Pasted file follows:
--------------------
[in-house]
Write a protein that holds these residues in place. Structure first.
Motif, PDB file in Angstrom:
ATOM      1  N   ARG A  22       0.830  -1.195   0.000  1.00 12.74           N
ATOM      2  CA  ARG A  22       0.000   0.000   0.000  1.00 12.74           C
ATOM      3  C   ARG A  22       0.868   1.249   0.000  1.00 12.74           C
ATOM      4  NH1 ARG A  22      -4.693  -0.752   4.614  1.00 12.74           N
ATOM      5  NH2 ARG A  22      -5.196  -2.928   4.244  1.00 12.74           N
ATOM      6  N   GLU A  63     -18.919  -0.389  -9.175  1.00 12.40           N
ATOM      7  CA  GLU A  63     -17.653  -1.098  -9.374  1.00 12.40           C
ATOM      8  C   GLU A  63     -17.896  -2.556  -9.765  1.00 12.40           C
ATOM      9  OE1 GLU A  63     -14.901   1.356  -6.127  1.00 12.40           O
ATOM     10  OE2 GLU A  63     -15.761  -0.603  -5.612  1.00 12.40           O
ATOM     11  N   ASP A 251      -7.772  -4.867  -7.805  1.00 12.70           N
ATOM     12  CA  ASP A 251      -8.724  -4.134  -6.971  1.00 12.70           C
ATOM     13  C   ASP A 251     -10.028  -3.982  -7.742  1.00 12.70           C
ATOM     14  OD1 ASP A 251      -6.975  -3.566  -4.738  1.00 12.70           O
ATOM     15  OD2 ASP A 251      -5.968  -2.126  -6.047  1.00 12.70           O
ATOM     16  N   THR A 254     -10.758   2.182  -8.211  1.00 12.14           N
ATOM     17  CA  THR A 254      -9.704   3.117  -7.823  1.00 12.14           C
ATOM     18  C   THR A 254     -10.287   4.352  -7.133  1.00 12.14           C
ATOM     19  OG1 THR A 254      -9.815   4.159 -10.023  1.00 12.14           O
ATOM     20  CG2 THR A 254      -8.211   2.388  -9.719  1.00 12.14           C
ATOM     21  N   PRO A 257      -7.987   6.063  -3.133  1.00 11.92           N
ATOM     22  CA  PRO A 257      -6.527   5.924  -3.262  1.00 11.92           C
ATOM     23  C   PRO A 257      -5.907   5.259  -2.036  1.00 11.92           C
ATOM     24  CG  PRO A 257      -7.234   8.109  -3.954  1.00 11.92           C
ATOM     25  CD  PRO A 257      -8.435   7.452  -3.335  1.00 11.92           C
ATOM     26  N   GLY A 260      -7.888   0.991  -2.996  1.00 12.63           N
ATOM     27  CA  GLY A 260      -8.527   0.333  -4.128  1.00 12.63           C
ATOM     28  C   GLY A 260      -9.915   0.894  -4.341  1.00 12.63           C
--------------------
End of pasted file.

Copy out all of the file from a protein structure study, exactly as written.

[in-house]
Write a protein that holds these residues in place. Structure first.
Motif, PDB file in Angstrom:
ATOM      1  N   ARG A  22       0.830  -1.195   0.000  1.00 12.74           N
ATOM      2  CA  ARG A  22       0.000   0.000   0.000  1.00 12.74           C
ATOM      3  C   ARG A  22       0.868   1.249   0.000  1.00 12.74           C
ATOM      4  NH1 ARG A  22      -4.693  -0.752   4.614  1.00 12.74           N
ATOM      5  NH2 ARG A  22      -5.196  -2.928   4.244  1.00 12.74           N
ATOM      6  N   GLU A  63     -18.919  -0.389  -9.175  1.00 12.40           N
ATOM      7  CA  GLU A  63     -17.653  -1.098  -9.374  1.00 12.40           C
ATOM      8  C   GLU A  63     -17.896  -2.556  -9.765  1.00 12.40           C
ATOM      9  OE1 GLU A  63     -14.901   1.356  -6.127  1.00 12.40           O
ATOM     10  OE2 GLU A  63     -15.761  -0.603  -5.612  1.00 12.40           O
ATOM     11  N   ASP A 251      -7.772  -4.867  -7.805  1.00 12.70           N
ATOM     12  CA  ASP A 251      -8.724  -4.134  -6.971  1.00 12.70           C
ATOM     13  C   ASP A 251     -10.028  -3.982  -7.742  1.00 12.70           C
ATOM     14  OD1 ASP A 251      -6.975  -3.566  -4.738  1.00 12.70           O
ATOM     15  OD2 ASP A 251      -5.968  -2.126  -6.047  1.00 12.70           O
ATOM     16  N   THR A 254     -10.758   2.182  -8.211  1.00 12.14           N
ATOM     17  CA  THR A 254      -9.704   3.117  -7.823  1.00 12.14           C
ATOM     18  C   THR A 254     -10.287   4.352  -7.133  1.00 12.14           C
ATOM     19  OG1 THR A 254      -9.815   4.159 -10.023  1.00 12.14           O
ATOM     20  CG2 THR A 254      -8.211   2.388  -9.719  1.00 12.14           C
ATOM     21  N   PRO A 257      -7.987   6.063  -3.133  1.00 11.92           N
ATOM     22  CA  PRO A 257      -6.527   5.924  -3.262  1.00 11.92           C
ATOM     23  C   PRO A 257      -5.907   5.259  -2.036  1.00 11.92           C
ATOM     24  CG  PRO A 257      -7.234   8.109  -3.954  1.00 11.92           C
ATOM     25  CD  PRO A 257      -8.435   7.452  -3.335  1.00 11.92           C
ATOM     26  N   GLY A 260      -7.888   0.991  -2.996  1.00 12.63           N
ATOM     27  CA  GLY A 260      -8.527   0.333  -4.128  1.00 12.63           C
ATOM     28  C   GLY A 260      -9.915   0.894  -4.341  1.00 12.63           C